Since then we have hosted and partnered with great leaders and visionaries
whose work has impacted U.S.- Africa policy and relations greatly.
On February 16 to 20, 2000, the National Summit on Africa’s unprecedented Dialogue and Celebration of Africa changed the face of American policy toward the continent. Over eight thousand delegates and participants, representing every state and territory in the union, came together in Washington, DC for the largest and most diverse gathering of Africa-interested people in the history of the United States to finalize the “National Policy Plan of Action for U.S. Africa Relations in the 21st Century.” American and African leaders including President Bill Clinton addressed the dedicated attendees who then attended workshops to discuss the future of U.S.-Africa relations. They represented a network of 25,000 individuals who attended five regional summits in Atlanta, Boston, Chicago, Baltimore, and San Francisco, and three policy forums in Los Angeles, Denver, and Oklahoma City, from 1998 to 2000. The five broad themes covered were: 1) democracy and human rights; 2) economic development, trade and investment, and job creation; 3) education and culture; 4) peace and security; and 5) sustainable development, quality of life, and the environment.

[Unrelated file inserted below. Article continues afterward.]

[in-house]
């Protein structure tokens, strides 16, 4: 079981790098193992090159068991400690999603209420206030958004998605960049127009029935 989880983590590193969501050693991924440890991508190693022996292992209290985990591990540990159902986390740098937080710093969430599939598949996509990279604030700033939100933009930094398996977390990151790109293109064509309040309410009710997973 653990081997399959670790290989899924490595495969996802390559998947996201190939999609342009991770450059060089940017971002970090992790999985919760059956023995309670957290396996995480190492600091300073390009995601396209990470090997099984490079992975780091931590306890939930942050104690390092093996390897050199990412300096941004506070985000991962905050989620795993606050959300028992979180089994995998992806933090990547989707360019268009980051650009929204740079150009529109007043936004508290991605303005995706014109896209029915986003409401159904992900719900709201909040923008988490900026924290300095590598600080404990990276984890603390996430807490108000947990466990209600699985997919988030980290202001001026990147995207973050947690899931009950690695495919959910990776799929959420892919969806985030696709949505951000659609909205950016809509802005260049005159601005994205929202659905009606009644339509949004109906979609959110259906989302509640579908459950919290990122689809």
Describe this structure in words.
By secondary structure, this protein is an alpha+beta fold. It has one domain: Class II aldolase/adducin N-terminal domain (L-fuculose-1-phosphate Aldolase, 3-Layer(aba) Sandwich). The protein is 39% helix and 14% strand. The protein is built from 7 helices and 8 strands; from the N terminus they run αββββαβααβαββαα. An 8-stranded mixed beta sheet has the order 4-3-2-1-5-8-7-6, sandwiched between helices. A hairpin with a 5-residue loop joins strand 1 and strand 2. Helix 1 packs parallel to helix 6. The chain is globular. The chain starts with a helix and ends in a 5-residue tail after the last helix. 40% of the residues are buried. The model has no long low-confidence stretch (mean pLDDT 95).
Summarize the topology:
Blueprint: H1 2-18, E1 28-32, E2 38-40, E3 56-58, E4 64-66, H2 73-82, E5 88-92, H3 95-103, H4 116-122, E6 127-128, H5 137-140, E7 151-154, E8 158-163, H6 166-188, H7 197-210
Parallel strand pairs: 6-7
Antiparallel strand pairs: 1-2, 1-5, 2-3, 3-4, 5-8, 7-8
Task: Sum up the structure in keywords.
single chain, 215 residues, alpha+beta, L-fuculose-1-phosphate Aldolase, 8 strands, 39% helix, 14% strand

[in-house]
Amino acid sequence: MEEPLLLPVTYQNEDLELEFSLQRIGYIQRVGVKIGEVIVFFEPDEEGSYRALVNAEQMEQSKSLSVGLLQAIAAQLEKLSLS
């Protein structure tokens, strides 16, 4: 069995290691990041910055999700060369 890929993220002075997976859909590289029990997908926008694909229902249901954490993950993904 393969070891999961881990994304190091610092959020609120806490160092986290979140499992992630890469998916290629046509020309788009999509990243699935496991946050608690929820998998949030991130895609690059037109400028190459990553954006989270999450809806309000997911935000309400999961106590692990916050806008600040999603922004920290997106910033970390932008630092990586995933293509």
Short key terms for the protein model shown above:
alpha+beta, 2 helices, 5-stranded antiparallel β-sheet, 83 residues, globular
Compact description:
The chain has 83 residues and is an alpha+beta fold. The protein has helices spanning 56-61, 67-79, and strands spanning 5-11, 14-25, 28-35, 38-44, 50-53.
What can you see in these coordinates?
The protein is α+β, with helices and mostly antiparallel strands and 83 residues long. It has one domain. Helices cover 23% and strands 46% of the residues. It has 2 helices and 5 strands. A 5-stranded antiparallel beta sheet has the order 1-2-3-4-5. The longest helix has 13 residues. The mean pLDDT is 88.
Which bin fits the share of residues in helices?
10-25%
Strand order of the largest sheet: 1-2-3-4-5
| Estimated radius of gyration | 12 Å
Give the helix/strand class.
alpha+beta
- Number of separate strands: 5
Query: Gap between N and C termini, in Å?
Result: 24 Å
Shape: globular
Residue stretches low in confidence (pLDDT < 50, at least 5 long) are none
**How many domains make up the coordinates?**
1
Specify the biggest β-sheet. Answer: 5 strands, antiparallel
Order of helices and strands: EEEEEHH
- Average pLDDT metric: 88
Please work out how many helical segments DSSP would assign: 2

The National Summit on Africa process, which began in 1996 and was funded by the Ford Foundation and the Carnegie Corporation of New York, had a profound impact on U.S. foreign policy. As a result of the Summit, Africa moved from the bottom of the foreign policy agenda to near the top–garnering strong bipartisan support from policymakers. The Africa constituency in the United States was broadened and strengthened, linkages were formed in many sectors with African partners, and a network of partners and organizations joined together to promote initiatives that benefited millions of Africans.
The Summit’s constituency throughout the country worked to get federal policymakers to implement specific sections of the National Policy Plan of Action, the first People’s Manifesto on U.S. policy vis-à-vis Africa. Through coordinated efforts, the Summit’s constituency advocated for legislation that increased debt relief, expanded U.S.-Africa trade relations through the African Growth and Opportunity Act (AGOA), combated AIDS through the World Bank-AIDS Prevention Trust Fund Act, and opposed political restrictions on U.N. funding for peacekeeping operations in Sierra Leone.
Those individuals of all ages, races, cultures and walks of life whose collective strength made the massive mobilization in support of the continent of Africa possible through the National Summit on Africa helped shape U.S.-Africa policy and demonstrated to the world that Africa matters!
As a dynamic, diverse, and inclusive organization, The Africa Society continues to pay close attention to sociopolitical developments and challenges on the African continent, and is determined to ensure that Africa remains a priority in the minds of American policymakers and the public.
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